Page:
7. Gorgeous piece, Brenna! Not only a testament of your writing skills but your heart and soul. Isn’t writing the ability to deeply connect to the reader and articulate what she/he is feeling and struggling with? No one does that better than You! You also just reaffirmed for me that the traditional publishing route is just not for me – way too soul and creativity crushing. My hat goes off to anyone who is enduring it. I found an option and whole tribe of women who need to feel more in control of their writing destiny for all the reasons mentioned above.
    It is hard enough to write. Why does publishing need to be another horrendous obstacle course? I’m planning on hybrid publishing my memoir through She Writes Press, where everyone who is willing to put in the work is offered a clear and assured path to publish their work. Brooke Warner is a badass maverick (ex acquisition editor and publisher) who started She Writes Press And this revolution because this old system had too many flaws. Quality is not compromised and writers are offered editing resources to get their manuscripts in tip top shape for a reasonable amount before approved. Published books are reviewed like all others through their partnership with Ingram. Their books win awards and do just as well as those published in traditional ways, it seems. Most importantly, many women witness their dreams and hard work come into fruition. Just offering this middle and very empowering route to others who may only know of self-publishing and traditional publishing. Keeping my fingers and toes crossed that your work is recognized in a way that fulfills you, my friend, super talented writer, and great human being.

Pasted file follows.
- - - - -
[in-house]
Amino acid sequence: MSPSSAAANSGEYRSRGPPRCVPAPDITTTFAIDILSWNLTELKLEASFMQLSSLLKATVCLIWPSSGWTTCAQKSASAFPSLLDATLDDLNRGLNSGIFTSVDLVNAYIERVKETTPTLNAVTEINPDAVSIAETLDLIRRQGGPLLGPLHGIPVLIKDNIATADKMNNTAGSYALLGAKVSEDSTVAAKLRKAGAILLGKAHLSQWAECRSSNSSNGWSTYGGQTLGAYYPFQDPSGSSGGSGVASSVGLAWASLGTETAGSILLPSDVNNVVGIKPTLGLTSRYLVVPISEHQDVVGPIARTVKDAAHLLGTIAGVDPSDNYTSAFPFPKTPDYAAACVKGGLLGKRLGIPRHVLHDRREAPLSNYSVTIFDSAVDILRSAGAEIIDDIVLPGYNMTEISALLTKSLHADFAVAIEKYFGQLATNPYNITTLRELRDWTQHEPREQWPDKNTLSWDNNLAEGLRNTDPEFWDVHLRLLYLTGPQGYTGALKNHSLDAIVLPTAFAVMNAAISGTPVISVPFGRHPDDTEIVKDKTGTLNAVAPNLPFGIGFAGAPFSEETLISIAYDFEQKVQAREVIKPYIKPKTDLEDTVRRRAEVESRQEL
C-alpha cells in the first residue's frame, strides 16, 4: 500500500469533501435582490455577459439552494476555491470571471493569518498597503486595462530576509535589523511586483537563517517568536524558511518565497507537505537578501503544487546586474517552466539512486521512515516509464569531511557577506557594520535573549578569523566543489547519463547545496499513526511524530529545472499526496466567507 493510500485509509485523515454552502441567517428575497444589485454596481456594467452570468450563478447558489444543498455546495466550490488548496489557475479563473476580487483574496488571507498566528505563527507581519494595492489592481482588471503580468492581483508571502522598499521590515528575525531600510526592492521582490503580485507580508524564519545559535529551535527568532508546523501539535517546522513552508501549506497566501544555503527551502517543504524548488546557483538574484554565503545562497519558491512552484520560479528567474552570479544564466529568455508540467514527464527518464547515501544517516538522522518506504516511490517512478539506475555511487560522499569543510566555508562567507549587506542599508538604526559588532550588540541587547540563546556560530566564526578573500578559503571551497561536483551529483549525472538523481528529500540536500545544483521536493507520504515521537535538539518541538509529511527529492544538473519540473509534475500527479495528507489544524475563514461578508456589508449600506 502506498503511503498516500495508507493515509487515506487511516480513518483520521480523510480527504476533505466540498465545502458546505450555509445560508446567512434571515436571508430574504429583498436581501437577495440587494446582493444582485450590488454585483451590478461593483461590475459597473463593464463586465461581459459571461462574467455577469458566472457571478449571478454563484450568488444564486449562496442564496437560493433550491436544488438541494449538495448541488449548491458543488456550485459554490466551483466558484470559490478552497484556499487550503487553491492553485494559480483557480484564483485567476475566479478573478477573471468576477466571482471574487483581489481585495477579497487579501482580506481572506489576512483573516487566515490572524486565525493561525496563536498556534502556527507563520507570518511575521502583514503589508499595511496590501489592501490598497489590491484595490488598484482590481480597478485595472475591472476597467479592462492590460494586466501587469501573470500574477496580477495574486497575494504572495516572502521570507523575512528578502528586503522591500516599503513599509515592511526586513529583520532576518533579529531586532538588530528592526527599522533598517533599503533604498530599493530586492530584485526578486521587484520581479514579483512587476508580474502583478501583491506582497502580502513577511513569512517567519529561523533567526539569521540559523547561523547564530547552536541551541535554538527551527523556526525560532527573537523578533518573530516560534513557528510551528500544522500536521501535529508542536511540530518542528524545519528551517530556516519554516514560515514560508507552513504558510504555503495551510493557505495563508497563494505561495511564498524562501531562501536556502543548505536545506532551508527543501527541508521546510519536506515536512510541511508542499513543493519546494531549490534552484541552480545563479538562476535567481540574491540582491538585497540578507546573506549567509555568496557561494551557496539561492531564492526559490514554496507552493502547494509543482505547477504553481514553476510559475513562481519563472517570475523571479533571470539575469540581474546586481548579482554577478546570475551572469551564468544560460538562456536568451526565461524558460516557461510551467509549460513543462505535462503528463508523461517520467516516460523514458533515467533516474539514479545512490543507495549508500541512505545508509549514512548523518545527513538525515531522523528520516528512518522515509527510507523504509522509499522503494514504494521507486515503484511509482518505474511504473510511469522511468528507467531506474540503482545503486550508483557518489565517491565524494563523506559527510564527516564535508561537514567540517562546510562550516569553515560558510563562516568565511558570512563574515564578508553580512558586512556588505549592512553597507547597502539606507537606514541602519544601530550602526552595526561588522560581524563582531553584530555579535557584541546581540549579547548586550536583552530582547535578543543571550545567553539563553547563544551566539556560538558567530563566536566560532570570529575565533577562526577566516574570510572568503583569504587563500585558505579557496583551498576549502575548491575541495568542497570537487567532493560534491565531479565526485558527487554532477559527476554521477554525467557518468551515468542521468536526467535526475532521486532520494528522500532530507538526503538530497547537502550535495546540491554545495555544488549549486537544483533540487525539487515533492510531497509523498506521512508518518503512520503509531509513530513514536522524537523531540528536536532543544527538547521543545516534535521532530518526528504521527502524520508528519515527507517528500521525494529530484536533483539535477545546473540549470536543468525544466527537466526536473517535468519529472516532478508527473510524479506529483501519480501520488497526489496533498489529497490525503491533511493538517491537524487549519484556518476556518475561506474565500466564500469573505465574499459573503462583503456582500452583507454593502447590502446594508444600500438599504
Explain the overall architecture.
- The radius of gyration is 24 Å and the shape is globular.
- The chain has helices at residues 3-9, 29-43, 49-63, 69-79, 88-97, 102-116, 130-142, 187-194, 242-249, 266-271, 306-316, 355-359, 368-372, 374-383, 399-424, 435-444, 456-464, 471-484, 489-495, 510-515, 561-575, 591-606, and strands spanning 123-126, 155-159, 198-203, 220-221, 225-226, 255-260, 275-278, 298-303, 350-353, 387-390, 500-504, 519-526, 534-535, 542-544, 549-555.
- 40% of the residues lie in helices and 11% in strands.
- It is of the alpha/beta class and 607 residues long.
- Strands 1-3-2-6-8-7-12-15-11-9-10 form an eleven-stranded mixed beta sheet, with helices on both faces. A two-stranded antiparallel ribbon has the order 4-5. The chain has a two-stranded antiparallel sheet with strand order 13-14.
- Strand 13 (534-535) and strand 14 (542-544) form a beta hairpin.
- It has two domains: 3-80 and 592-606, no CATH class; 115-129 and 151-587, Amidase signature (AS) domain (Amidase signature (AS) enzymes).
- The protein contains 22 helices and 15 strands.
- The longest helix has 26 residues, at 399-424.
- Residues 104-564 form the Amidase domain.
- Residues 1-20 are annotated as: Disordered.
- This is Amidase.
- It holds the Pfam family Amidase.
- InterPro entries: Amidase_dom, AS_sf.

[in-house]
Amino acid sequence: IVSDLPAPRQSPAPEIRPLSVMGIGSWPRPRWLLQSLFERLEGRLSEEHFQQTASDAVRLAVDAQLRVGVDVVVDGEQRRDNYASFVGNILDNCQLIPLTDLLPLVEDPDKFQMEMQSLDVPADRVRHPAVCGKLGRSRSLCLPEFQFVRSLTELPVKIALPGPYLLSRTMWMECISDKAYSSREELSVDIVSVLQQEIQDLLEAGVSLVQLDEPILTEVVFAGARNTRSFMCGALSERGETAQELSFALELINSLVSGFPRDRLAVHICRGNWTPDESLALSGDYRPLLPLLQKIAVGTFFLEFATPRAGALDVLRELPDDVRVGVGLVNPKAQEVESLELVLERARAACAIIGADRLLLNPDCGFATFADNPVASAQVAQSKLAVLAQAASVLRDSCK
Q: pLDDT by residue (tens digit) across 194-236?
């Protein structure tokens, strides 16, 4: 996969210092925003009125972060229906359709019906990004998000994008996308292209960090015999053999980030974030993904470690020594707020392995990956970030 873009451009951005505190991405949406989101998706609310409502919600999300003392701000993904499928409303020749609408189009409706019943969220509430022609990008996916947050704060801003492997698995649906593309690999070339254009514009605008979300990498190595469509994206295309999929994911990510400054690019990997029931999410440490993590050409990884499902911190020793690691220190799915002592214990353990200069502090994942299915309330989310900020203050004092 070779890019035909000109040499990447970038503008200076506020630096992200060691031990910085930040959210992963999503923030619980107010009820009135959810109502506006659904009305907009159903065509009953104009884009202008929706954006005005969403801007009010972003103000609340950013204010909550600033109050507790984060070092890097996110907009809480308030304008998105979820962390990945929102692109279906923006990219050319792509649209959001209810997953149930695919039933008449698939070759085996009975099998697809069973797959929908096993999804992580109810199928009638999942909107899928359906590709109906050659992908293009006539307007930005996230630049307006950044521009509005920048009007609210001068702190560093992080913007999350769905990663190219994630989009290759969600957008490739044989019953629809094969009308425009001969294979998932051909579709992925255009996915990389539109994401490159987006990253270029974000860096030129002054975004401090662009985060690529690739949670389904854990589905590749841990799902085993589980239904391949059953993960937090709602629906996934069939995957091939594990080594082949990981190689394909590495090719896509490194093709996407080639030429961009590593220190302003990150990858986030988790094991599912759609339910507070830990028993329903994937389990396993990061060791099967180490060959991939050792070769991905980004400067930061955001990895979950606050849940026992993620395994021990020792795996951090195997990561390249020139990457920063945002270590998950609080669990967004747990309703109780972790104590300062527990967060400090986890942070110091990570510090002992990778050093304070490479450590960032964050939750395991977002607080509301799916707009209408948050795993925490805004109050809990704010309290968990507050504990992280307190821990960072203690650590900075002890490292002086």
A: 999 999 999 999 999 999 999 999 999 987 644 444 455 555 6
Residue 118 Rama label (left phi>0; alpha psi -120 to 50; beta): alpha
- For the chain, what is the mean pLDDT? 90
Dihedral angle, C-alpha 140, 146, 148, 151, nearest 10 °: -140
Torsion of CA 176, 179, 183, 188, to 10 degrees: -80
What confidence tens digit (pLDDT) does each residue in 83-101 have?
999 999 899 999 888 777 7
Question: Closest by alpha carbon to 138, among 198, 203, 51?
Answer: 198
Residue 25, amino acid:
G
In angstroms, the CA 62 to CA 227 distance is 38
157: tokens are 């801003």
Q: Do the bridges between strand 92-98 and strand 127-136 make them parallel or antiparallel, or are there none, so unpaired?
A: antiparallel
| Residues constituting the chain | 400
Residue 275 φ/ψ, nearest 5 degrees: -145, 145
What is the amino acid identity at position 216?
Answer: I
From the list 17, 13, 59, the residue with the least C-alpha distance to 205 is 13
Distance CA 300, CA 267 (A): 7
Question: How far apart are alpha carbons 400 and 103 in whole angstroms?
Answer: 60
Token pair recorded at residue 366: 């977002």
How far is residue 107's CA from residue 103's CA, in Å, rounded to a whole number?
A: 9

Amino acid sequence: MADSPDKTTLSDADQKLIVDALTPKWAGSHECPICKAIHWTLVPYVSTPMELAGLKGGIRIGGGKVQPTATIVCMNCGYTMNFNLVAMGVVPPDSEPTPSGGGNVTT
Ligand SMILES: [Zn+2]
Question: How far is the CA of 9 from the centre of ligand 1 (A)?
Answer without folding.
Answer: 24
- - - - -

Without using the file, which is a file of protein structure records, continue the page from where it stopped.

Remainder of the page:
1. Thanks, Loraine. It’s exciting to hear about your publishing journey–thanks for sharing! I think the middle routes are going to become increasingly important. Traditional publishing does produce great stuff, but it can also be/has to be very arbitrary, and talent and hard work aren’t assurances of success. Thanks for bringing up other options.

  8. This is so beautifully and sensitively put Brenna. Thank you so much for thinking of us all. I saw myself in the compassionate list you made, and then saw other writer-mamas who have it much worse. You’ve made me see that all I need, I think, is to give myself a break sometimes. The line, “For the ones who drop the kids off at college, drive home to the long-anticipated silence, and sit down to try to write through the ache of empty arms.” Had me in tears. I was sitting assembling Easter eggs tonight, thinking, “It wouldn’t hurt you to help, husband dear,” thinking of a tricky scene I’m still not writing, thinking I’m tired. How fast these Easters will zip by. This one is precious, and I am lucky to have it. I’ll write what I can when I can and hug while I can. Clearly, the only answer is to give up housework. 🙂 Thank you again.